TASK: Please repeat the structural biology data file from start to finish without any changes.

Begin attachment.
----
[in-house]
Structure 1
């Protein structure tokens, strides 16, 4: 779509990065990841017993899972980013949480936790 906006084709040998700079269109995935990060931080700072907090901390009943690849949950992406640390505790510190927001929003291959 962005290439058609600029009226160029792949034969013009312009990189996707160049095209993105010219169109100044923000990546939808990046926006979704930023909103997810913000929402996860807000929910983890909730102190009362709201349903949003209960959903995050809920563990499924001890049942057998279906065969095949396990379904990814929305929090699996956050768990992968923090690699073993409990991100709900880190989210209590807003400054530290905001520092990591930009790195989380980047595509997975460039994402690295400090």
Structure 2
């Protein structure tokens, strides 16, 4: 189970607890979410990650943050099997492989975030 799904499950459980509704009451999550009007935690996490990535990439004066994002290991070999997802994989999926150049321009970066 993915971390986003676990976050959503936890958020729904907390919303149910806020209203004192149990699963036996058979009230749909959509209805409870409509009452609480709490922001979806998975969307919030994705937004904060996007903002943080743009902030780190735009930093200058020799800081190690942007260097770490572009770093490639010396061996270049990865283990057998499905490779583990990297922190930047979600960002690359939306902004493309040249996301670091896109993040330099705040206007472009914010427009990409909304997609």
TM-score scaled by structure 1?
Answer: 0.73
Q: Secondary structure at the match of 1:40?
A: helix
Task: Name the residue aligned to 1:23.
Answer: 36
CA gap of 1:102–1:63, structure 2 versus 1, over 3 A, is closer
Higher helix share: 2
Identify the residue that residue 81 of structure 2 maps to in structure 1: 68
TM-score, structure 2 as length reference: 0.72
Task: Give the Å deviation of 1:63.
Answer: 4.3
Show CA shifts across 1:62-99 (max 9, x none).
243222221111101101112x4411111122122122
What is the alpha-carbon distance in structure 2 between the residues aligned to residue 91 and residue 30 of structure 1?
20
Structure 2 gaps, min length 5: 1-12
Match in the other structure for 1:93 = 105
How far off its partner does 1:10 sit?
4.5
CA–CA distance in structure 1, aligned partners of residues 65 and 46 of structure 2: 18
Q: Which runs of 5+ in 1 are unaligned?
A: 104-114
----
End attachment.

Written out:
[in-house]
Structure 1
């Protein structure tokens, strides 16, 4: 779509990065990841017993899972980013949480936790 906006084709040998700079269109995935990060931080700072907090901390009943690849949950992406640390505790510190927001929003291959 962005290439058609600029009226160029792949034969013009312009990189996707160049095209993105010219169109100044923000990546939808990046926006979704930023909103997810913000929402996860807000929910983890909730102190009362709201349903949003209960959903995050809920563990499924001890049942057998279906065969095949396990379904990814929305929090699996956050768990992968923090690699073993409990991100709900880190989210209590807003400054530290905001520092990591930009790195989380980047595509997975460039994402690295400090």
Structure 2
């Protein structure tokens, strides 16, 4: 189970607890979410990650943050099997492989975030 799904499950459980509704009451999550009007935690996490990535990439004066994002290991070999997802994989999926150049321009970066 993915971390986003676990976050959503936890958020729904907390919303149910806020209203004192149990699963036996058979009230749909959509209805409870409509009452609480709490922001979806998975969307919030994705937004904060996007903002943080743009902030780190735009930093200058020799800081190690942007260097770490572009770093490639010396061996270049990865283990057998499905490779583990990297922190930047979600960002690359939306902004493309040249996301670091896109993040330099705040206007472009914010427009990409909304997609």
TM-score scaled by structure 1?
Answer: 0.73
Q: Secondary structure at the match of 1:40?
A: helix
Task: Name the residue aligned to 1:23.
Answer: 36
CA gap of 1:102–1:63, structure 2 versus 1, over 3 A, is closer
Higher helix share: 2
Identify the residue that residue 81 of structure 2 maps to in structure 1: 68
TM-score, structure 2 as length reference: 0.72
Task: Give the Å deviation of 1:63.
Answer: 4.3
Show CA shifts across 1:62-99 (max 9, x none).
243222221111101101112x4411111122122122
What is the alpha-carbon distance in structure 2 between the residues aligned to residue 91 and residue 30 of structure 1?
20
Structure 2 gaps, min length 5: 1-12
Match in the other structure for 1:93 = 105
How far off its partner does 1:10 sit?
4.5
CA–CA distance in structure 1, aligned partners of residues 65 and 46 of structure 2: 18
Q: Which runs of 5+ in 1 are unaligned?
A: 104-114